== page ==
Quartz Daily Brief—Europe and Africa edition—Obama in Europe, Syria peace talks, sea-traveling monkeys

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What to watch for today

Barack Obama, Angela Merkel, and David Cameron convene in Germany. The meeting between the leaders of the US, Germany, and the UK is expected to focus on the Islamic State, the new government in Libya, and the rising numbers of refugees. There’s speculation that the UK could be preparing to deploy troops to Libya.

Syrian peace talks resume without the main opposition group. The talks are due to go ahead even though the main armed opposition group is boycotting proceedings, claiming that the ceasefire has been violated. The UN has called on the United States and Russia to “act quickly” to save the fragile negotiations.

The EU and US begin yet another round of trade negotiations. The Transatlantic Trade and Investment Partnership is designed to cut tariffs between the US and EU, with supporters claiming it will add billions to the UK, US, and EU economies. But protestors claim the deal would drive down wages and weaken environmental protections and labor rights.

Over the weekend 

Syrian government air strikes killed dozens. Dozens of people—mostly civilians—are dead, according to the Associated Press, after air strikes targeted opposition groups in Aleppo. The attacks jeopardize the ceasefire between the government and rebels, which began Feb. 27.

Barack Obama pushed for the UK to stay in the European Union. After a weekend of mingling with British royalty, the US president ended his trip with a final warning about a possible “Brexit.” Before flying on to Germany, Obama said that it could take the UK 10 years to negotiate a trade deal with the US, if the country voted to leave the EU.

Beyoncé dropped a surprise “visual” concept album. Lemonade, the star’s sixth solo album, debuted on HBO (paywall). Despite lyrics hinting at the infidelity of the pop star’s husband, rapper, and music mogul Jay Z, the album is now available exclusively on his streaming service Tidal, causing downloads of the related app to surge.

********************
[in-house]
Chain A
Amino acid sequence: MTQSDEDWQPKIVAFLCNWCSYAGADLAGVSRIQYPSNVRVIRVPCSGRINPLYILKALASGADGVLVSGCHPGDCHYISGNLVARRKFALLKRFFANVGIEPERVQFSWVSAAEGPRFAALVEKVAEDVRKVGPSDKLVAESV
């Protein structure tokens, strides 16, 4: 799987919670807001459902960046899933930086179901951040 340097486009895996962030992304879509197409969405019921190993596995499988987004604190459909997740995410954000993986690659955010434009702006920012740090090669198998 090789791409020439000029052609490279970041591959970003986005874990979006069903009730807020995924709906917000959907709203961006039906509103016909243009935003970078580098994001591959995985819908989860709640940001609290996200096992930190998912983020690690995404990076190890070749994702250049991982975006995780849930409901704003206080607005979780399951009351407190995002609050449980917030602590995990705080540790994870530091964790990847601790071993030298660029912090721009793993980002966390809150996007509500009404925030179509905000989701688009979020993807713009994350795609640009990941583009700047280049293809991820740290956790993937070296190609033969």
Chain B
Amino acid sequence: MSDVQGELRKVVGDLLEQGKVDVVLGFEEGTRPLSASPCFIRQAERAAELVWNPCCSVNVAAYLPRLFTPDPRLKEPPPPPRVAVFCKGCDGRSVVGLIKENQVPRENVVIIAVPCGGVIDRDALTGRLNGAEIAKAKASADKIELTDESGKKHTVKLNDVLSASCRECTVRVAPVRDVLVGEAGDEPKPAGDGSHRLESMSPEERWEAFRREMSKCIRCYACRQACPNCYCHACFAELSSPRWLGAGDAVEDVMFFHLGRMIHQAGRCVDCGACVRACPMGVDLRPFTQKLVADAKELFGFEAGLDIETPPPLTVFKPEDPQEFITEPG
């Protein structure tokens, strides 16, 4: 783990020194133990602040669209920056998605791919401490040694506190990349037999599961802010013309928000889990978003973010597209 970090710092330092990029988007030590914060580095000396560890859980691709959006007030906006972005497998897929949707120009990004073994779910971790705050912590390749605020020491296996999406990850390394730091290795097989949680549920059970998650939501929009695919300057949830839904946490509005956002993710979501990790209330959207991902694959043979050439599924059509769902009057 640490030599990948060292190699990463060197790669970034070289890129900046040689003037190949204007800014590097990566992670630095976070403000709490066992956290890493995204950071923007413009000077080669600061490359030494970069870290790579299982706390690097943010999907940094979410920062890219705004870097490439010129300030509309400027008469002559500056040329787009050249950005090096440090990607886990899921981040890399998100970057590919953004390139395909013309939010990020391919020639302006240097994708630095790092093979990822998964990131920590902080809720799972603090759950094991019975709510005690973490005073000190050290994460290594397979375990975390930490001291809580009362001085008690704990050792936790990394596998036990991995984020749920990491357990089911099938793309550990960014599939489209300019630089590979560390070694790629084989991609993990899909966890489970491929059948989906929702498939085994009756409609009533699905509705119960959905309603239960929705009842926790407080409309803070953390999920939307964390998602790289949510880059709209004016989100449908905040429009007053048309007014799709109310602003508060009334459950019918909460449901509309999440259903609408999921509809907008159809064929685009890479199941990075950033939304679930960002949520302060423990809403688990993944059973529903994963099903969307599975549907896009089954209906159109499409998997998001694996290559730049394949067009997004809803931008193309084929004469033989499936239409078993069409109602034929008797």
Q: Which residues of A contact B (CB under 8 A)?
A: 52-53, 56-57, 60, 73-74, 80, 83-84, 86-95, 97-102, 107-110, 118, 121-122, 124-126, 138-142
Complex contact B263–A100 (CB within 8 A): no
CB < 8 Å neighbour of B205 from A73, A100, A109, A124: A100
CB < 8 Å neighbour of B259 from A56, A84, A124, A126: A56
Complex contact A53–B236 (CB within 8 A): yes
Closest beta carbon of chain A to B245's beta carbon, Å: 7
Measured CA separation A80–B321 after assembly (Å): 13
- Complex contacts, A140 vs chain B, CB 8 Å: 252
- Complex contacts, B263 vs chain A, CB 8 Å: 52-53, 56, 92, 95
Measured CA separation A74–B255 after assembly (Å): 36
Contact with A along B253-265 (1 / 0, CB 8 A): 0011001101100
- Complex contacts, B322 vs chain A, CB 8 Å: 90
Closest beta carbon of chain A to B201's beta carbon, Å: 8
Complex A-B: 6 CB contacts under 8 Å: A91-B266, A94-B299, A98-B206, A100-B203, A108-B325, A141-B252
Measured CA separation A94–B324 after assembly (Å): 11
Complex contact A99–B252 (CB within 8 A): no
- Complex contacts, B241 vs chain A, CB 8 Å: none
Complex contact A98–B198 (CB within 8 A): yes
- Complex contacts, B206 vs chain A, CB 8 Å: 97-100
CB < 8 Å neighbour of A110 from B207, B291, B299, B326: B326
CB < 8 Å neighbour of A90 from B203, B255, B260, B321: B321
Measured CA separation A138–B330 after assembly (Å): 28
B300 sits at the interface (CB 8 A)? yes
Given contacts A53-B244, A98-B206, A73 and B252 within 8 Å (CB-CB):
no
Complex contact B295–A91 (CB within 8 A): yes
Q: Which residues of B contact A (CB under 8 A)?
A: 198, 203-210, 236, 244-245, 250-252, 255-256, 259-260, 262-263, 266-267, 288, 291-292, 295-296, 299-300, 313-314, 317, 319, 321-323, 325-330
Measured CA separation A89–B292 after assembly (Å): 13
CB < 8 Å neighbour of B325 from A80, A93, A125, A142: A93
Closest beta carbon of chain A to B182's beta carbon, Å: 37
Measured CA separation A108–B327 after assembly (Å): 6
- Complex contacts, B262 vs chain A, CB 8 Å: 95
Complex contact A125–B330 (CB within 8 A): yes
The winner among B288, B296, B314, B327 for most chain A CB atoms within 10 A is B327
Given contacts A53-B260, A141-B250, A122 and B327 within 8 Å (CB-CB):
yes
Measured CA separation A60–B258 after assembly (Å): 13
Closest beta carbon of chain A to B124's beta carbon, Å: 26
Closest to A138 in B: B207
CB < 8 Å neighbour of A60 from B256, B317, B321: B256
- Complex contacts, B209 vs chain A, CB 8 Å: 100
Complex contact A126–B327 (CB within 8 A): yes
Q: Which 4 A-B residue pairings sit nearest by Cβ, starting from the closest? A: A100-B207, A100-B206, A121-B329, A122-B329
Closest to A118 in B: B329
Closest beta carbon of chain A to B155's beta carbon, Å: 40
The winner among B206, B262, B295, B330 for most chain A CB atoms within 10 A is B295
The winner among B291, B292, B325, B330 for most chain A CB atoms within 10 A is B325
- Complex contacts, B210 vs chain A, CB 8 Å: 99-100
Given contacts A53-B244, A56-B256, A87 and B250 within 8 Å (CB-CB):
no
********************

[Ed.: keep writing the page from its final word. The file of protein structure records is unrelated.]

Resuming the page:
North Korea and the US sparred over nuclear tests. On Saturday, North Korean foreign minister Ri Su-yong said the country would stop its testing, provided the US discontinue its yearly military exercises with South Korea. On Sunday, US president Barack Obama declined the deal, saying that that Pyongyang would “have to do better than that.”

The world continued to mourn Prince. Artists including Bruce Springsteen, Rihanna, and the cast of Hamilton all gave tribute performances, while movie theaters announced plans to show Prince’s musical “Purple Rain.” It also emerged that 26 albums’ worth of unpublished music were stored in the artist’s home.

Quartz obsession interlude

Gwynn Guilford on how monkeys managed to cross the sea long, long ago. “Take the monkey whose fossilized teeth were just discovered etched into a hunk of ancient rock in Panama. The monkey (or its forebears) had to have arrived there in Central America from South America, which at the time was separated from it by a stretch of sea at least 100 miles wide—the equivalent of about five English Channels.” Read more here.

Matters of Debate

Prince showed that rock music has always been black music. Claiming that black artists who play rock music are “crossing over” ignores the rich history of the genre.

The United States should embrace “right to roam” laws. Europeans are free to wander their countries’ forests and fields, whereas Americans must trespass (paywall) if they want to travel scenic routes on foot.

US football players should not wear helmets during practice. Going unprotected will prevent injuries, as players will be feel less invincible and learn safer tackling techniques.

Surprising discoveries

You’re probably washing your hands wrong. The World Health Organization released new instructions on the proper technique, but they’re so complicated people may not use them.

Christians are celebrating the Jewish festival of Passover. Increasing numbers of Christians celebrate the holiday, and some churches even offer “Christian Seders.”

The original rules of baseball are worth $3.26 million. The documents were sold by a California-based auction company to an anonymous buyer early Sunday morning.

There may be a scientific reason that going for a run clears your head. Aerobic activity actually leads to the growth of new neurons.

Russia’s military just bought five dolphins. Moscow’s Utrish Dolphinarium has promised to supply the military with five bottlenose dolphins by Aug. 1, but there’s no word on the reason for this purchase.

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